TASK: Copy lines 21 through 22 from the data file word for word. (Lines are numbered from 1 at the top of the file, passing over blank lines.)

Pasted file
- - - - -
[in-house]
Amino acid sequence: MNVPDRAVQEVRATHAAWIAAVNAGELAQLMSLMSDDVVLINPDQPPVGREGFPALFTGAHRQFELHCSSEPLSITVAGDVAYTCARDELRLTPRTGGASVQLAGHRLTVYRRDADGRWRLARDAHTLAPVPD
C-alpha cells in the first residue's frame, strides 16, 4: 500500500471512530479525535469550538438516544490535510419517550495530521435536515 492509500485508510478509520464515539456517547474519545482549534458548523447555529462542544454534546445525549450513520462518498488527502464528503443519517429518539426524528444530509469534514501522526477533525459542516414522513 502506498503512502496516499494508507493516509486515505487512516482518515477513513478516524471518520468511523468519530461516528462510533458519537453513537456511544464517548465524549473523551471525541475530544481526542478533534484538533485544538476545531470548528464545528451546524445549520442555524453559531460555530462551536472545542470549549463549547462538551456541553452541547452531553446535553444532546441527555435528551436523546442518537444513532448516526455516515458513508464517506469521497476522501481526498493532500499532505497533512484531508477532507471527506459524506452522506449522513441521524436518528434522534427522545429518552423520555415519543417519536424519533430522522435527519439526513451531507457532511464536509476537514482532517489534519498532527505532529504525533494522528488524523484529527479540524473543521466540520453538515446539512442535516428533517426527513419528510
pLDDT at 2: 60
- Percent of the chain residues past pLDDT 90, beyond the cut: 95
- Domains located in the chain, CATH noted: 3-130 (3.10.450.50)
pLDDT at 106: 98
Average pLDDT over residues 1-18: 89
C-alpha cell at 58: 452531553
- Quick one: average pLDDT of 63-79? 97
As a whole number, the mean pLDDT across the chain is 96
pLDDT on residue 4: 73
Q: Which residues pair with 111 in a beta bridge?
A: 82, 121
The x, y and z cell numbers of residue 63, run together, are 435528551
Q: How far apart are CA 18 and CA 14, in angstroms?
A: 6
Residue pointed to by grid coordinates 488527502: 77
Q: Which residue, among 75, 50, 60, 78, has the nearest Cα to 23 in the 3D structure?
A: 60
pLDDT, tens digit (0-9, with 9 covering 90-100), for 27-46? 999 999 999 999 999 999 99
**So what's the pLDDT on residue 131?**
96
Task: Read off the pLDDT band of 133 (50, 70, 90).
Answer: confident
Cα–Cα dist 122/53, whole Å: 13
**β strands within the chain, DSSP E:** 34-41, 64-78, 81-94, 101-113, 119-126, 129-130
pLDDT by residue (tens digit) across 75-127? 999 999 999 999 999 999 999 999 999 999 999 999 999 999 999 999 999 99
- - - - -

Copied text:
pLDDT, tens digit (0-9, with 9 covering 90-100), for 27-46? 999 999 999 999 999 999 99
**So what's the pLDDT on residue 131?**